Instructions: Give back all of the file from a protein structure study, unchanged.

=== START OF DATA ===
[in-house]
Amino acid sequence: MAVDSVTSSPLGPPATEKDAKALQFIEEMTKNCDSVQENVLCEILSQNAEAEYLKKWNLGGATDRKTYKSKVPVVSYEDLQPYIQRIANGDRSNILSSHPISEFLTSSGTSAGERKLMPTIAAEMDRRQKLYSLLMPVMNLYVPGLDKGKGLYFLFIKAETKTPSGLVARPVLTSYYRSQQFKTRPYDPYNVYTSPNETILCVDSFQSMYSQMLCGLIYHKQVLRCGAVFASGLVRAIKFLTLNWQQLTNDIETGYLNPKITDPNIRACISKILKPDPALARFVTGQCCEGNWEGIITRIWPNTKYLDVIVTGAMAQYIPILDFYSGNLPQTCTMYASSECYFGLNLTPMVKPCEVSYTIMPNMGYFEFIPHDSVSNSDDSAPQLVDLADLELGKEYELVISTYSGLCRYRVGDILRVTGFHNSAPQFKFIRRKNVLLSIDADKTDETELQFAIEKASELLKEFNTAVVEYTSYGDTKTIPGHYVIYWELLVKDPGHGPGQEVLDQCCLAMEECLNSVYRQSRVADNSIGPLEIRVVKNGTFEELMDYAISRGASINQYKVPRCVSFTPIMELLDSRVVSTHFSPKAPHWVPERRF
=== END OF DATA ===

[in-house]
Amino acid sequence: MAVDSVTSSPLGPPATEKDAKALQFIEEMTKNCDSVQENVLCEILSQNAEAEYLKKWNLGGATDRKTYKSKVPVVSYEDLQPYIQRIANGDRSNILSSHPISEFLTSSGTSAGERKLMPTIAAEMDRRQKLYSLLMPVMNLYVPGLDKGKGLYFLFIKAETKTPSGLVARPVLTSYYRSQQFKTRPYDPYNVYTSPNETILCVDSFQSMYSQMLCGLIYHKQVLRCGAVFASGLVRAIKFLTLNWQQLTNDIETGYLNPKITDPNIRACISKILKPDPALARFVTGQCCEGNWEGIITRIWPNTKYLDVIVTGAMAQYIPILDFYSGNLPQTCTMYASSECYFGLNLTPMVKPCEVSYTIMPNMGYFEFIPHDSVSNSDDSAPQLVDLADLELGKEYELVISTYSGLCRYRVGDILRVTGFHNSAPQFKFIRRKNVLLSIDADKTDETELQFAIEKASELLKEFNTAVVEYTSYGDTKTIPGHYVIYWELLVKDPGHGPGQEVLDQCCLAMEECLNSVYRQSRVADNSIGPLEIRVVKNGTFEELMDYAISRGASINQYKVPRCVSFTPIMELLDSRVVSTHFSPKAPHWVPERRF